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India and the Global Economy : The next 15 years

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05 February 2011

India and the Global Economy : The next 15 years’ was the theme of Prof. Arvind Panagariya’s talk at ORF on December 17th 2010. Prof. Panagariya teaches at Columbia University and has worked in the ADB and World Bank.

According to him, India is still not an ’emerged’ economy but is rising fast. In per capita terms it is still poor and India’s share in the world GDP is approximately 2.5 per cent. Its share in the world trade is about 1.3 per cent. He pointed out that the growth rate between the years 1947 to 1980 was relatively low and even today poverty remains entrenched. But India has been growing at 8 to 9 per cent in the past seven years. And since the rupee has appreciated in real terms against the dollar during this period, the actual growth rate has been a phenomenal 12 per cent.

There are also important demographic changes that are taking place in the world that would impact on the future pattern of migration. In the next 15 years, China plus Europe plus US and other developed countries will be ’minus 100 million’ people in the age group of 20 to 50. India will have in that same age group, ’plus 130 million’. He said that migration is going to accelerate and there is a likelihood that Indians will increasingly be in dominant positions in various parts of the world, in the future. But, he pointed out, there are weaknesses in the scenario about India’s future growth, especially in the area of employment. This is because Indian agriculture has had low productivity for decades and cannot any longer support a growing population-even though this year the growth has been around 4.4 per cent. While its contribution to the GDP has declined to around 17 per cent, agriculture still supports 54 per cent of the population. India will have to create a situation in which workers move out of agriculture into industry and services and this process will have to speed up. Small firms and micro enterprises will have to shape up and grow in order to absorb this movement from agriculture because only 7 per cent of the labour force is currently employed in the formal /organized factory sector. Services sector, on the other hand employs only 2 per cent of the labour force. He pointed out that the informal or unorganized sector employs most of the people seeking jobs.

The transformation from rural, largely agricultural jobs to modern industrial and service oriented economy is however constrained by the lack of adequate skills in the labour force. There is a great need for skill development and higher education. To fill the gap between the demand and supply of higher education, there is a need for private universities to come up in a big way.

Dr. Panagariya also pointed out that India has the potential of becoming a major economic power provided India takes its demographic dividend seriously and the government is involved in promotion of education and skills.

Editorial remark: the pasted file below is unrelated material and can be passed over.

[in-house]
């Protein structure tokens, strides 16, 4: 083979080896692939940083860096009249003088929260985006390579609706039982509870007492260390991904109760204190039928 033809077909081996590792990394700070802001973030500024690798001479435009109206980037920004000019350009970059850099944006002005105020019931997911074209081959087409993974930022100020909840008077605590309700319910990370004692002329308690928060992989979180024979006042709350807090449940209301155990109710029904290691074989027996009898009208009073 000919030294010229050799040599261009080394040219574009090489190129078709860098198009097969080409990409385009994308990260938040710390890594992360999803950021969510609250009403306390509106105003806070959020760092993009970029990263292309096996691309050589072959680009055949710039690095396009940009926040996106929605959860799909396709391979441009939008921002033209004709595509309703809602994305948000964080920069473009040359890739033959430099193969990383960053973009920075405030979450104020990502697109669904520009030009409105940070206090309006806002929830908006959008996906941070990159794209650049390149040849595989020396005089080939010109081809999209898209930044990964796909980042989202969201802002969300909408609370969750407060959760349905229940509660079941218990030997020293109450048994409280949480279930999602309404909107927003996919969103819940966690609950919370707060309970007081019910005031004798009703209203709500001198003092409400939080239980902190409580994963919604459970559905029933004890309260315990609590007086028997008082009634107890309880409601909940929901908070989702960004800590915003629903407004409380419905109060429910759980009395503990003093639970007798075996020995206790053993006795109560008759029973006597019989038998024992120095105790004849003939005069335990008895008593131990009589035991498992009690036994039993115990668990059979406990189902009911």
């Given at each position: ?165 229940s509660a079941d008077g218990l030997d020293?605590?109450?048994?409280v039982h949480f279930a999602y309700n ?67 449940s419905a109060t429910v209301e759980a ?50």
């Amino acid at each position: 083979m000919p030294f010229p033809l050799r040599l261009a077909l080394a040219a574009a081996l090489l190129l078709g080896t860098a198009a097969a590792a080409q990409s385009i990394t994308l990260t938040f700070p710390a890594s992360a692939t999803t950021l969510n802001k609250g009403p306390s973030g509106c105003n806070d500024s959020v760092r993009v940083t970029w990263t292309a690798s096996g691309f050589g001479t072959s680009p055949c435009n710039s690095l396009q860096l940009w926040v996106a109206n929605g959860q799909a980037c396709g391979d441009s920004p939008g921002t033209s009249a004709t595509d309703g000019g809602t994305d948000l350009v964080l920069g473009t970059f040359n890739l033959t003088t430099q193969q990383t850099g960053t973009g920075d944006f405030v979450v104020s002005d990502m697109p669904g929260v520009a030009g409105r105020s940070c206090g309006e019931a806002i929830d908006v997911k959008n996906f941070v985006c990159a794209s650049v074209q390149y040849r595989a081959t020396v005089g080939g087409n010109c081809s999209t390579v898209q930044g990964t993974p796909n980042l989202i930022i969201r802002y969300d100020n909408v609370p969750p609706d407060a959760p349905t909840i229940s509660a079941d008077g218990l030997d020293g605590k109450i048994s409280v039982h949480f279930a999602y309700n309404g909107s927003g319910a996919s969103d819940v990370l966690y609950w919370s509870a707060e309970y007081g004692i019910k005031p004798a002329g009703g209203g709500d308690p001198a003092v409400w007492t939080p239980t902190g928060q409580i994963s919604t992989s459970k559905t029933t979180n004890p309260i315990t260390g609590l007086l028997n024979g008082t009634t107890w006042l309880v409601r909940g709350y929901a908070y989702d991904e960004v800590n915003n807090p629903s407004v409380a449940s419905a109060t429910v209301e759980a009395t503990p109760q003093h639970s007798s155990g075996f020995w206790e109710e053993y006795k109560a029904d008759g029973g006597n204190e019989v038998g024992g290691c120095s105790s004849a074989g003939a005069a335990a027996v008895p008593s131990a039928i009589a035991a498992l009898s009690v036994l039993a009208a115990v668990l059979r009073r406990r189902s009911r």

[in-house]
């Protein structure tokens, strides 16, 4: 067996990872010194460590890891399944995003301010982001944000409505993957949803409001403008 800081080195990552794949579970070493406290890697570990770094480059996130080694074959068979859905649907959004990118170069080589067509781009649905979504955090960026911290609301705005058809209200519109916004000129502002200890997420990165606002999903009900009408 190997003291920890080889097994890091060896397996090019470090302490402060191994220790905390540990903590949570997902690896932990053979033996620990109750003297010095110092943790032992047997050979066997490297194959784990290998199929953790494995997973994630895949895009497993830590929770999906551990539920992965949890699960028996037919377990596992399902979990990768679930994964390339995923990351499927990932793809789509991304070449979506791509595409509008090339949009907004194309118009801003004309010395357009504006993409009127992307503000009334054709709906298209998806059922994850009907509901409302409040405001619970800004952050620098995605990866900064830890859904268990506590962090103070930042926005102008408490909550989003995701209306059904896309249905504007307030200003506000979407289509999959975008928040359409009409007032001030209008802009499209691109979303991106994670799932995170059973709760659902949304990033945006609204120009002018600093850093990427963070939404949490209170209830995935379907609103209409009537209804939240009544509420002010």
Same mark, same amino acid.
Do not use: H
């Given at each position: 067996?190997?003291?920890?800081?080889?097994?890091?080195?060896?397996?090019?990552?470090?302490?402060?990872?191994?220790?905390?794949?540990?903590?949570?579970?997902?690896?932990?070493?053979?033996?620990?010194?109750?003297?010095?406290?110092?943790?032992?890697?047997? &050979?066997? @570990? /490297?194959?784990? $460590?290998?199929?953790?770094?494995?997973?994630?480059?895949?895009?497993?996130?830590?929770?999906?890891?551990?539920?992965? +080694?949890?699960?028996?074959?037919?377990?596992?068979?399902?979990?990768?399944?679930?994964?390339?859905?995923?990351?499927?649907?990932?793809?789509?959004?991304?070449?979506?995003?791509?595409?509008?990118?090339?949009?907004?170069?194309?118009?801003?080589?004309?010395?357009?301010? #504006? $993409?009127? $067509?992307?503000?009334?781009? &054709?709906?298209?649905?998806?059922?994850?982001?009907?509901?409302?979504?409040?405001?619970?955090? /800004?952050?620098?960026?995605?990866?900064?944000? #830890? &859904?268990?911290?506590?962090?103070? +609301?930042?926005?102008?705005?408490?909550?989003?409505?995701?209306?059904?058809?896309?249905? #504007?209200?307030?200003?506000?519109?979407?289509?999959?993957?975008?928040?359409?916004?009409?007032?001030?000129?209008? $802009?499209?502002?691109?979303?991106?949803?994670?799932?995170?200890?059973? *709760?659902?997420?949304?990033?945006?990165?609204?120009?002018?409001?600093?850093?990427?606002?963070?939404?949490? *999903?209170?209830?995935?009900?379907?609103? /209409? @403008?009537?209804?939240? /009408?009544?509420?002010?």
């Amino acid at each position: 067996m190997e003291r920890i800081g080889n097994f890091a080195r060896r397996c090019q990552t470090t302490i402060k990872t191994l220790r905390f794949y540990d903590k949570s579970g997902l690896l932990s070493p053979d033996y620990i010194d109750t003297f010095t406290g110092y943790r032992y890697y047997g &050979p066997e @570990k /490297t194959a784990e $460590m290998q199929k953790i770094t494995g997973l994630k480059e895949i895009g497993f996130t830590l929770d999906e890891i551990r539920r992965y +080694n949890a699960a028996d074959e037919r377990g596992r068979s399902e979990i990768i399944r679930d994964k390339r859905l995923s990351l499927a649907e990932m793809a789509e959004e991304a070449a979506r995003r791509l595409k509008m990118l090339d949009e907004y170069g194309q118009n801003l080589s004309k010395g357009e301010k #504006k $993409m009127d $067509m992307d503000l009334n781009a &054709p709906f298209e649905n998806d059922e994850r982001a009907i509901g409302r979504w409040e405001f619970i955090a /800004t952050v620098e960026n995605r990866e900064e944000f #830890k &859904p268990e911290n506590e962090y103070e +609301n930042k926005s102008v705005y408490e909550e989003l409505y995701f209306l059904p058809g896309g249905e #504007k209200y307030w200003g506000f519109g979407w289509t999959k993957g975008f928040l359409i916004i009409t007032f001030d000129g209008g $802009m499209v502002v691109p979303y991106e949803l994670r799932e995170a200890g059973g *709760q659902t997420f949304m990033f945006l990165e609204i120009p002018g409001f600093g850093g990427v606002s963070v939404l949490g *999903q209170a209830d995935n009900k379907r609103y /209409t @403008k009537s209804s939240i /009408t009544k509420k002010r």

Similarly, other social indicators also need to be upgraded like health and nutrition. Otherwise instead of having an advantage over other countries, India may have a huge burden to bear in the future. Thus it would be important to focus on food security, higher agricultural productivity and a better public distribution system also.

Dr Panagariya and other NRI economists usually blame the government for inaction on many fronts. India is a vast country with diverse problems and each state has a different set of problems. Migration, infrastructure, land, jobs, skill development are some of the big problems mentioned by the participants of the seminar.

The discussion clearly showed that there were many more problems than can be addressed by a set of additional economic reforms which Dr. Panagariah listed. Skill development is a huge problem that will make the absorption of 500 million youth entrants in the labour force in the next 15 years very difficult. They have to be given appropriate training in schools and universities.

It was pointed out that the problem of education starts at the primary level and for the universal primary education that the government aspires for, there would have to be additional monitoring of village schools and ensuring that there are teachers, equipment and infrastructure, so that the quality of education improves rather than just the enrollment ratio.

The surrounding issues of India’s growth prospects also involve land and its uses. If there is going to be no agricultural land available for setting up industry, then how can manufacturing industry grow? Politics of land is an important question, specially land acquisition by the state as in the case of West Bengal and the lease of land to Tata in Singur. But it was pointed out that sometimes land has been freed for projects which do not employ many people and so the employment potential is not exploited.

There is also the question of jobless growth which is a big problem as many industries are going for capital-intensive mode of production.  How do we get more labour intensive industries in the future and what labour law amendments are needed to facilitate the process?

Thus many questions were raised which made it clear that India has many serious problems in the next 15 years. The problem of endemic corruption also has to be addressed and over time, with better governance, and more transparency in government transactions, it may become less. Every country has had to grapple with problems of corruption and graft but as democracy matures, these problems become less prominent.

Clearly, there will be huge problems in the future and how India strives to overcome them will determine its place in the world as a sizeable economic power.


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